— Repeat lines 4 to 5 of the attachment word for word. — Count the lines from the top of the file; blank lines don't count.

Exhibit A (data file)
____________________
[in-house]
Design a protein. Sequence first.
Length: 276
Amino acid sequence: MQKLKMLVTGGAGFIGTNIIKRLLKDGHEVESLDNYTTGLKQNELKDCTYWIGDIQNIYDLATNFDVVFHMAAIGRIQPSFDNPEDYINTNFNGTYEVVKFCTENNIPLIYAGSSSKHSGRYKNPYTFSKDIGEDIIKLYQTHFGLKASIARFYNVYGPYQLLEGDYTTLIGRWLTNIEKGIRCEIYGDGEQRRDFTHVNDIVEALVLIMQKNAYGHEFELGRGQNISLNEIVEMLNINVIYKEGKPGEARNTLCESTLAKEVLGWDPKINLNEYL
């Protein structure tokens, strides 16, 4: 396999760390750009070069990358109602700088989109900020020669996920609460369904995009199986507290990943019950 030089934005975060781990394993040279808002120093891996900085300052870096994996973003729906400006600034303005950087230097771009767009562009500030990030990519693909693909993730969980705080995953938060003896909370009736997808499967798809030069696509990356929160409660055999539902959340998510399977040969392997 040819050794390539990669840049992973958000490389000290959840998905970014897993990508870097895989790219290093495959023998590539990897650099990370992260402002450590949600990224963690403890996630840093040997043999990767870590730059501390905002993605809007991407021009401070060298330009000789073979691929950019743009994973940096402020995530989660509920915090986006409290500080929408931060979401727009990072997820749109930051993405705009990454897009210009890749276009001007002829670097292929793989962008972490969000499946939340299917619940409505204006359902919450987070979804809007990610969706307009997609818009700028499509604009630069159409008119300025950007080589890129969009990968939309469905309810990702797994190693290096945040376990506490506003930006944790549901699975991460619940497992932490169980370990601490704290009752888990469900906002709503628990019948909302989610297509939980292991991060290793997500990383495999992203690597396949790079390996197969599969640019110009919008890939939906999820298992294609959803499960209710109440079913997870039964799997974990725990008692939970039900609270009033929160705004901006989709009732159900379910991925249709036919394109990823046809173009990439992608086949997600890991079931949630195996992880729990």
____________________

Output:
Amino acid sequence: MQKLKMLVTGGAGFIGTNIIKRLLKDGHEVESLDNYTTGLKQNELKDCTYWIGDIQNIYDLATNFDVVFHMAAIGRIQPSFDNPEDYINTNFNGTYEVVKFCTENNIPLIYAGSSSKHSGRYKNPYTFSKDIGEDIIKLYQTHFGLKASIARFYNVYGPYQLLEGDYTTLIGRWLTNIEKGIRCEIYGDGEQRRDFTHVNDIVEALVLIMQKNAYGHEFELGRGQNISLNEIVEMLNINVIYKEGKPGEARNTLCESTLAKEVLGWDPKINLNEYL
């Protein structure tokens, strides 16, 4: 396999760390750009070069990358109602700088989109900020020669996920609460369904995009199986507290990943019950 030089934005975060781990394993040279808002120093891996900085300052870096994996973003729906400006600034303005950087230097771009767009562009500030990030990519693909693909993730969980705080995953938060003896909370009736997808499967798809030069696509990356929160409660055999539902959340998510399977040969392997 040819050794390539990669840049992973958000490389000290959840998905970014897993990508870097895989790219290093495959023998590539990897650099990370992260402002450590949600990224963690403890996630840093040997043999990767870590730059501390905002993605809007991407021009401070060298330009000789073979691929950019743009994973940096402020995530989660509920915090986006409290500080929408931060979401727009990072997820749109930051993405705009990454897009210009890749276009001007002829670097292929793989962008972490969000499946939340299917619940409505204006359902919450987070979804809007990610969706307009997609818009700028499509604009630069159409008119300025950007080589890129969009990968939309469905309810990702797994190693290096945040376990506490506003930006944790549901699975991460619940497992932490169980370990601490704290009752888990469900906002709503628990019948909302989610297509939980292991991060290793997500990383495999992203690597396949790079390996197969599969640019110009919008890939939906999820298992294609959803499960209710109440079913997870039964799997974990725990008692939970039900609270009033929160705004901006989709009732159900379910991925249709036919394109990823046809173009990439992608086949997600890991079931949630195996992880729990």